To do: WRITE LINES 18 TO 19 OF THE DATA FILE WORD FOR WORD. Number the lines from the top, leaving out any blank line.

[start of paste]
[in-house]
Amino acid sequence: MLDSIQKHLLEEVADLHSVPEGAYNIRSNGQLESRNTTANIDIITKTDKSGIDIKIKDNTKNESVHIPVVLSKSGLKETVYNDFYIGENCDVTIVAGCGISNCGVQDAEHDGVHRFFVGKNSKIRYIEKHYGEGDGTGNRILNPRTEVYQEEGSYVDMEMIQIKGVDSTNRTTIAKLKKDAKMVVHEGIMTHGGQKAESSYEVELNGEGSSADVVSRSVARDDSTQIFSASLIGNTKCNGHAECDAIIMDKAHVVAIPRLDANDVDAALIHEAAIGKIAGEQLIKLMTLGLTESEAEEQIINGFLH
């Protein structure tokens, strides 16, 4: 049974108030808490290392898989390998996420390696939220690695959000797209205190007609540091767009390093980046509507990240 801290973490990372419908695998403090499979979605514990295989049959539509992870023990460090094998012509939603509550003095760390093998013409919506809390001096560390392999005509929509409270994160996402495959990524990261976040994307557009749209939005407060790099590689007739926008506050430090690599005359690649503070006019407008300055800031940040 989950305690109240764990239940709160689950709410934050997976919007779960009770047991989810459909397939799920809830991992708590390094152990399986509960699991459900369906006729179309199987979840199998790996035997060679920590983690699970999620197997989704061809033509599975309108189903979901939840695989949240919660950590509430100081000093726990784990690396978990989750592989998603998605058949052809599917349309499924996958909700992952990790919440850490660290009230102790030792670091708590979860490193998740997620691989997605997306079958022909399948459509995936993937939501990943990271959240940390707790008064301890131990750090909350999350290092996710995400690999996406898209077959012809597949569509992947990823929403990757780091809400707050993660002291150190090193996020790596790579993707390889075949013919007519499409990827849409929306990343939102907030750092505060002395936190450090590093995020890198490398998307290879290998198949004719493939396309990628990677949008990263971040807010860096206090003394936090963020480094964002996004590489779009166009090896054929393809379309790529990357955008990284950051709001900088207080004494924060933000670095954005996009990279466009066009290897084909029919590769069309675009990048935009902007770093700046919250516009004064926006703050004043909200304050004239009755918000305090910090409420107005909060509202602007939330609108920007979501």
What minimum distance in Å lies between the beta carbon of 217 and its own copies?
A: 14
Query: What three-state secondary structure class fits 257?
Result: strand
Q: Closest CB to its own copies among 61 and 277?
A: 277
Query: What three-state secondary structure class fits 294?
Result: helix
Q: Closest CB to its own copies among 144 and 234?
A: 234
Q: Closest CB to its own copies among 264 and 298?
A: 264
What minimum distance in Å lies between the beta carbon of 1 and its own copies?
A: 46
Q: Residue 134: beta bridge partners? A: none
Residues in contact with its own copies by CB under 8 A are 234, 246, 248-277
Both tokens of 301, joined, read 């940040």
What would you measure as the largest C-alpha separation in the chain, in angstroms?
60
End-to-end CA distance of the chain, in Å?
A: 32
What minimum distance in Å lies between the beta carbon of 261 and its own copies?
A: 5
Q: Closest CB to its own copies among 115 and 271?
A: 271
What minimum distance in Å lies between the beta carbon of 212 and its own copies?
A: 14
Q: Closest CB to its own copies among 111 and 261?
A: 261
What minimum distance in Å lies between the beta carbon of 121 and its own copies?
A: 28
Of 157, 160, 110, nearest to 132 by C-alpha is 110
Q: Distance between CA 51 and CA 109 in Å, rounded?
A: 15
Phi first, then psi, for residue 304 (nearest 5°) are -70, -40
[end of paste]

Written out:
Q: Residue 134: beta bridge partners? A: none
Residues in contact with its own copies by CB under 8 A are 234, 246, 248-277